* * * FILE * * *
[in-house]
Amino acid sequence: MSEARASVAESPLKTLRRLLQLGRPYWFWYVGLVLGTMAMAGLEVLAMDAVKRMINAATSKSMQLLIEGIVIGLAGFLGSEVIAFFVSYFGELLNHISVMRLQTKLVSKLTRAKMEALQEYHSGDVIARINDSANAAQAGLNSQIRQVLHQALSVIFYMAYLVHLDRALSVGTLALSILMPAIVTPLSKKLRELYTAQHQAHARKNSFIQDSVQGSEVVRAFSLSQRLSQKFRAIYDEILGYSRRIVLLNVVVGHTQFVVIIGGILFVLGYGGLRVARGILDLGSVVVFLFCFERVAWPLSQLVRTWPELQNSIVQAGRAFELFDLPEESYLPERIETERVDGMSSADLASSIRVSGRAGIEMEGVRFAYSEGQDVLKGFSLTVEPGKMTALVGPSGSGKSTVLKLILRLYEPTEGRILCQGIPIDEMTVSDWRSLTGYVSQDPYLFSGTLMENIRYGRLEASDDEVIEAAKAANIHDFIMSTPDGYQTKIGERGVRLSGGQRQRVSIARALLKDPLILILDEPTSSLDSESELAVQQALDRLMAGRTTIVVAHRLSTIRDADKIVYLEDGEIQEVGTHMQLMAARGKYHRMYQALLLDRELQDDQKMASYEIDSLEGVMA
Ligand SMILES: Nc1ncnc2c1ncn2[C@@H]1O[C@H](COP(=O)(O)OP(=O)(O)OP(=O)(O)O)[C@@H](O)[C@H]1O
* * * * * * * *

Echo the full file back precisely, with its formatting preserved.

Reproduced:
[in-house]
Amino acid sequence: MSEARASVAESPLKTLRRLLQLGRPYWFWYVGLVLGTMAMAGLEVLAMDAVKRMINAATSKSMQLLIEGIVIGLAGFLGSEVIAFFVSYFGELLNHISVMRLQTKLVSKLTRAKMEALQEYHSGDVIARINDSANAAQAGLNSQIRQVLHQALSVIFYMAYLVHLDRALSVGTLALSILMPAIVTPLSKKLRELYTAQHQAHARKNSFIQDSVQGSEVVRAFSLSQRLSQKFRAIYDEILGYSRRIVLLNVVVGHTQFVVIIGGILFVLGYGGLRVARGILDLGSVVVFLFCFERVAWPLSQLVRTWPELQNSIVQAGRAFELFDLPEESYLPERIETERVDGMSSADLASSIRVSGRAGIEMEGVRFAYSEGQDVLKGFSLTVEPGKMTALVGPSGSGKSTVLKLILRLYEPTEGRILCQGIPIDEMTVSDWRSLTGYVSQDPYLFSGTLMENIRYGRLEASDDEVIEAAKAANIHDFIMSTPDGYQTKIGERGVRLSGGQRQRVSIARALLKDPLILILDEPTSSLDSESELAVQQALDRLMAGRTTIVVAHRLSTIRDADKIVYLEDGEIQEVGTHMQLMAARGKYHRMYQALLLDRELQDDQKMASYEIDSLEGVMA
Ligand SMILES: Nc1ncnc2c1ncn2[C@@H]1O[C@H](COP(=O)(O)OP(=O)(O)OP(=O)(O)O)[C@@H](O)[C@H]1O